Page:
In the women’s 7K, it was Allison Peters of Kernersville (28:25) taking first place. Boyd Vicars (28:36) placed second and Natalie Sherman-Jollis (30:38) were also on the medal stand. Jamie Dilweg (32:19) was the female masters’ winner.
“In the beginning, there was a lot of downhill,” Peters said, “then toward the end, there was a beast hill. It was rough today. I didn’t get warmed up well at the beginning because of the cold. I didn’t warm up until around mile two.”
More than Do-able
The runs followed the forested single track trails through Little River Park Regional Park and Natural Area on Guess Road in northern Orange County. The park is a pristine natural area boasting nearly 15 miles of hiking and mountain biking trails, picnic areas, bathroom facilities, a campground and a playground. Managed by Orange County, the park offers nearly 400 acres of natural area.
The park also offers a butterfly garden, camping, an event space, a playground and picnic shelter and horseshoe pits.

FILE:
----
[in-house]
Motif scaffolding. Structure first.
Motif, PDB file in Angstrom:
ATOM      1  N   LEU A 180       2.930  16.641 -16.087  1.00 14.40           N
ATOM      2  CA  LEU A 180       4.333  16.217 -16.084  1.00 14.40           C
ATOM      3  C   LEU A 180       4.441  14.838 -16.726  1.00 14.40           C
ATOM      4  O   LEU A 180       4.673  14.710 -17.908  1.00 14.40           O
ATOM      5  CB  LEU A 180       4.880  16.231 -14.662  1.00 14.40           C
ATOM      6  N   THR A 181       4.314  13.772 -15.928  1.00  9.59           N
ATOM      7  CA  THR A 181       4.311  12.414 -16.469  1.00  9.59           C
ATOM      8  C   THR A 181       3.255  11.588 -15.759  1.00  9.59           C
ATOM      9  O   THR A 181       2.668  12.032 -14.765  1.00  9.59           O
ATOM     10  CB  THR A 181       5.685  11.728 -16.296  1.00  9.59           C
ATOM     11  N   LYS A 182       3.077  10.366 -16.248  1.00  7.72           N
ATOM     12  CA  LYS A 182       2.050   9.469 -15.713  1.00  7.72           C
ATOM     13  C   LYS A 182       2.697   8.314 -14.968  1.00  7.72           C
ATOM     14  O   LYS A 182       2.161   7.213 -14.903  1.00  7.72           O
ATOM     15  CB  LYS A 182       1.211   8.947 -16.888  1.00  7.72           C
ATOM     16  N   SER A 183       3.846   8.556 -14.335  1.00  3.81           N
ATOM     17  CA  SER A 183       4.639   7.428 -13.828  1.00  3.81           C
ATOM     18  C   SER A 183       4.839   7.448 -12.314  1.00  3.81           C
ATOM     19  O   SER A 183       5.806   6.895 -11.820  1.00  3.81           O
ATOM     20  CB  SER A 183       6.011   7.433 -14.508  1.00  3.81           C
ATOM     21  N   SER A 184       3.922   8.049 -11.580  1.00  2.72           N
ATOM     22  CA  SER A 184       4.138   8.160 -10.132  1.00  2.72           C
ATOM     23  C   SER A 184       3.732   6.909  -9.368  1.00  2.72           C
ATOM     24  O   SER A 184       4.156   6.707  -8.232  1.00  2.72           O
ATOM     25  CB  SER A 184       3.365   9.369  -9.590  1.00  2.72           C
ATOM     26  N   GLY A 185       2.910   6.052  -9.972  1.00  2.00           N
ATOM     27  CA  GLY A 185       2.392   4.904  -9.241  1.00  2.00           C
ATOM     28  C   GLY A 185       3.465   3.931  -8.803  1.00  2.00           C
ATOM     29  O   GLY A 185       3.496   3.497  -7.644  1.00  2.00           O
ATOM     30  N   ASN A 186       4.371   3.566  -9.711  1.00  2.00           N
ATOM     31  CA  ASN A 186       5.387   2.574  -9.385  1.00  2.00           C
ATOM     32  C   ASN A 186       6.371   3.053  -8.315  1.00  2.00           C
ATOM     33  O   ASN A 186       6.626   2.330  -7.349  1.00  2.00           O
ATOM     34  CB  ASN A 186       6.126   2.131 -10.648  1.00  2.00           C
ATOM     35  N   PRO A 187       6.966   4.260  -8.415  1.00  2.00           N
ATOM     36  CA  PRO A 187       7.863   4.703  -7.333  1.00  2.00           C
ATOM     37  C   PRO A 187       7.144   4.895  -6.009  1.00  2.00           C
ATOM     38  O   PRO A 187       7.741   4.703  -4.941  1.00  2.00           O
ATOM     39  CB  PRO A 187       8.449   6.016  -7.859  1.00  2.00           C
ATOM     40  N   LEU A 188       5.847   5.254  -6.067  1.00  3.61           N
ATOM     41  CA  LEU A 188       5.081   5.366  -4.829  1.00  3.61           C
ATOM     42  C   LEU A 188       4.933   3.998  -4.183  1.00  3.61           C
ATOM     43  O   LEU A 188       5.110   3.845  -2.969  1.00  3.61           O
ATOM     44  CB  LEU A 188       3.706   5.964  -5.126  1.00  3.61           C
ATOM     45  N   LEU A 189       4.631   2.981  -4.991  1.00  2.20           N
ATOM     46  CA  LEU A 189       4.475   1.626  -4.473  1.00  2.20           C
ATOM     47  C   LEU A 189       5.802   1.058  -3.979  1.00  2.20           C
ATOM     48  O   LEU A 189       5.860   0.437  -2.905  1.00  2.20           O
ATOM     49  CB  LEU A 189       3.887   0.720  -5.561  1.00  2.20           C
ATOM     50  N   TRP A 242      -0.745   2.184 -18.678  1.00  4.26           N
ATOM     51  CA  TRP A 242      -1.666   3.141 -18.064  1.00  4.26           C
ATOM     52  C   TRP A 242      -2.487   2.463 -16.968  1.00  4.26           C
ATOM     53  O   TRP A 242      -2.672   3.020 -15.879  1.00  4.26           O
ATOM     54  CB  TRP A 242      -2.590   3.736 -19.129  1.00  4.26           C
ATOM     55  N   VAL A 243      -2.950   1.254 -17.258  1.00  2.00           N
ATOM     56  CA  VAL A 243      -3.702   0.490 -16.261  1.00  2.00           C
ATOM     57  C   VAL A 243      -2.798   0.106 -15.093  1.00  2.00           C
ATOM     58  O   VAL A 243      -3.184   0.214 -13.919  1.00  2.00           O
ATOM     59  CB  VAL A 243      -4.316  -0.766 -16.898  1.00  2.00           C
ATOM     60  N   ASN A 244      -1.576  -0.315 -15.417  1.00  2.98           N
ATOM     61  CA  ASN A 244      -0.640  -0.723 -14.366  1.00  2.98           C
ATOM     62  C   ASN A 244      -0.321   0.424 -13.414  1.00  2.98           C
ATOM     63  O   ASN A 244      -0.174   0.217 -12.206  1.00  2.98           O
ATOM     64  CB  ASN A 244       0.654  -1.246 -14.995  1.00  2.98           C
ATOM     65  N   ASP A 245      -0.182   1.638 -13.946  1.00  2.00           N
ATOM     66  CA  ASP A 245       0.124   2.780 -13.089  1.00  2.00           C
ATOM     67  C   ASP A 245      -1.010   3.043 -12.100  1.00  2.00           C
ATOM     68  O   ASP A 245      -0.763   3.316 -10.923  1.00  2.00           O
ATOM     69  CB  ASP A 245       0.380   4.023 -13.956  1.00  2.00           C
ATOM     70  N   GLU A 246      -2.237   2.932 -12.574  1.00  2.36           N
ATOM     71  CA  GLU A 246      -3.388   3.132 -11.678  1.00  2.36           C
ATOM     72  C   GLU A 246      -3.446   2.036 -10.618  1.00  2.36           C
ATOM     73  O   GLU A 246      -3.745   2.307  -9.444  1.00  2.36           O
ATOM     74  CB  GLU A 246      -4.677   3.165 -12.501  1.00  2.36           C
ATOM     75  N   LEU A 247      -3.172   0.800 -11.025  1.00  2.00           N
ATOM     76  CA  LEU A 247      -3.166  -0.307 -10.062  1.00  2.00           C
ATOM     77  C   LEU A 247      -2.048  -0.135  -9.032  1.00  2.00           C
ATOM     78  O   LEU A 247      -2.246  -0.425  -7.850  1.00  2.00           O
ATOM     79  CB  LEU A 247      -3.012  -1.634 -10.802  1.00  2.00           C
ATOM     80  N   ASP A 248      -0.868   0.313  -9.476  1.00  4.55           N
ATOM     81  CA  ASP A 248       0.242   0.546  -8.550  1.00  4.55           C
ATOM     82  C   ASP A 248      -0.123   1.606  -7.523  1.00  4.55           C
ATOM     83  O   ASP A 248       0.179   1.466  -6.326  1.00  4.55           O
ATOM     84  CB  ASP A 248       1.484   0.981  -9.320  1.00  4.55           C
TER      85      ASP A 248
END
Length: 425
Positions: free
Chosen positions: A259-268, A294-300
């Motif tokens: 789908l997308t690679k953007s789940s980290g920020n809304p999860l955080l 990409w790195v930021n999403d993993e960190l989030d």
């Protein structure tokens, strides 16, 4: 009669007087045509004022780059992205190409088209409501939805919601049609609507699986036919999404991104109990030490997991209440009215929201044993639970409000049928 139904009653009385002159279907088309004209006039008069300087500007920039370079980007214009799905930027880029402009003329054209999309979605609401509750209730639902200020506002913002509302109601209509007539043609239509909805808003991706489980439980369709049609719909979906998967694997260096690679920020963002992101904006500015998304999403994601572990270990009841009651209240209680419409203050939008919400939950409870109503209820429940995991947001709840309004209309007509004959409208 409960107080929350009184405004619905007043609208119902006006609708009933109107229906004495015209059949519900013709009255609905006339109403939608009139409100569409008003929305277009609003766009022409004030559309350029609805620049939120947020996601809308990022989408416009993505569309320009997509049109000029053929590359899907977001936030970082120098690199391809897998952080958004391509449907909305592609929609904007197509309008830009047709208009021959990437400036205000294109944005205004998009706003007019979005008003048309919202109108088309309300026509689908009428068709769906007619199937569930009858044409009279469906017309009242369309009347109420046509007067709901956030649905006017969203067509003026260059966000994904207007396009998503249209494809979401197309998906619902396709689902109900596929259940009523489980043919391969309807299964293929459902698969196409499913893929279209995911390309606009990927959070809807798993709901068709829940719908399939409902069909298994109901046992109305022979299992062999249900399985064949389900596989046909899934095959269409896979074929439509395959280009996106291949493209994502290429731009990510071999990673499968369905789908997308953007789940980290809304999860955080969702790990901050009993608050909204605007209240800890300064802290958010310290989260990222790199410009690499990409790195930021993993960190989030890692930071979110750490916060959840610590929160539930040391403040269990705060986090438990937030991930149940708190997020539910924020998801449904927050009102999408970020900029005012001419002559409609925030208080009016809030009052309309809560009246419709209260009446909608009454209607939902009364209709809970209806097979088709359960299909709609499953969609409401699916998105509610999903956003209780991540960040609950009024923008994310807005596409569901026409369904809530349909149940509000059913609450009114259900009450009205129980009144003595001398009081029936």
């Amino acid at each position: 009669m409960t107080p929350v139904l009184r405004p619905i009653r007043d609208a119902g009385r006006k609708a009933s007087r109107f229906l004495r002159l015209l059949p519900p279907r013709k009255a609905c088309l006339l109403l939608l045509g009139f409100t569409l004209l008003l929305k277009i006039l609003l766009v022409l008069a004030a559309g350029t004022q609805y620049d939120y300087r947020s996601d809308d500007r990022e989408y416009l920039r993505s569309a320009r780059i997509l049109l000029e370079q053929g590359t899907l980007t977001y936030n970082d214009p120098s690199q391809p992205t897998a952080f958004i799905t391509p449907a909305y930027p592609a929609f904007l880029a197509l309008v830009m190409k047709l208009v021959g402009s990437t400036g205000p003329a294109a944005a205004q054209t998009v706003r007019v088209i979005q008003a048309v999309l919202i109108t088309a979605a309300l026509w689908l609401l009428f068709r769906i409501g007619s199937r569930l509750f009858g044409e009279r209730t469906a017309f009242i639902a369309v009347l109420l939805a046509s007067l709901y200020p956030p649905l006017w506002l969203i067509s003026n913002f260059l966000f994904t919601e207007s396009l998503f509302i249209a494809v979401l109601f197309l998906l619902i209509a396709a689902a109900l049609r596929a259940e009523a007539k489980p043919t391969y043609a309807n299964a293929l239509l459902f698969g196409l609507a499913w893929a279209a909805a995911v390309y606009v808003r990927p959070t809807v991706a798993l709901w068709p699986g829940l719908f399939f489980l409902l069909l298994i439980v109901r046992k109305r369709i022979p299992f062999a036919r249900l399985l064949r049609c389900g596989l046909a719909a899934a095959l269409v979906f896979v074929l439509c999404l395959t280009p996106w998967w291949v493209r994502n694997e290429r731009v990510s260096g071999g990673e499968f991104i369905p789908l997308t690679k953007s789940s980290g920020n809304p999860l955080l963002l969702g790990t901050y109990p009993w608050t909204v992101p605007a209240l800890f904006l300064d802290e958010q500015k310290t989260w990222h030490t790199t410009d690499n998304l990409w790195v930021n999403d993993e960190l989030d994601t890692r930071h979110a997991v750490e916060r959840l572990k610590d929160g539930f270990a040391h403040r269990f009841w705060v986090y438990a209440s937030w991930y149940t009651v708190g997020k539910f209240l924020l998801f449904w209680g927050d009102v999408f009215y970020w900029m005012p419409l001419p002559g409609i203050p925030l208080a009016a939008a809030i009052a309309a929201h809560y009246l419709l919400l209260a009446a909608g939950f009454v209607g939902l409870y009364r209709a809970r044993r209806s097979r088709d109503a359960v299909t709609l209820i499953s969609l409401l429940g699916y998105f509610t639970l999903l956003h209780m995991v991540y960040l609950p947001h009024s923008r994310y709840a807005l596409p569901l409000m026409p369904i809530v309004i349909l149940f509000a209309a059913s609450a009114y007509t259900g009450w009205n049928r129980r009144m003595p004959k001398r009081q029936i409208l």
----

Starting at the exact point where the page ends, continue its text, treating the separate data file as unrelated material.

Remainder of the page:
Little River supervisor Mike DiFabio said the race has been allowed to more-than-double in size from its original 300 runners in 2006 due to sensible stewardship.
“This year we capped it off at around 650 runners, which is about 50 more runners that last year,” he said. “And with the (clear) weather, I think we’ve got almost all of those registered runners here. The Trailheads have done a great job getting the message out about carpooling. The more people that carpool, the more people we can allow in here.”
“We also had 38 runners from the 40 runners in Fleet Feet’s trail running program, sponsored by Montrail,” said Layna “Willow” Mosley, who co-directed the race with fellow Trailhead Dave “Booda” Elam. “This is the first time Fleet Feet did that, and they’ll starting training again in February for our Philosopher’s Way Trail Runs in May.”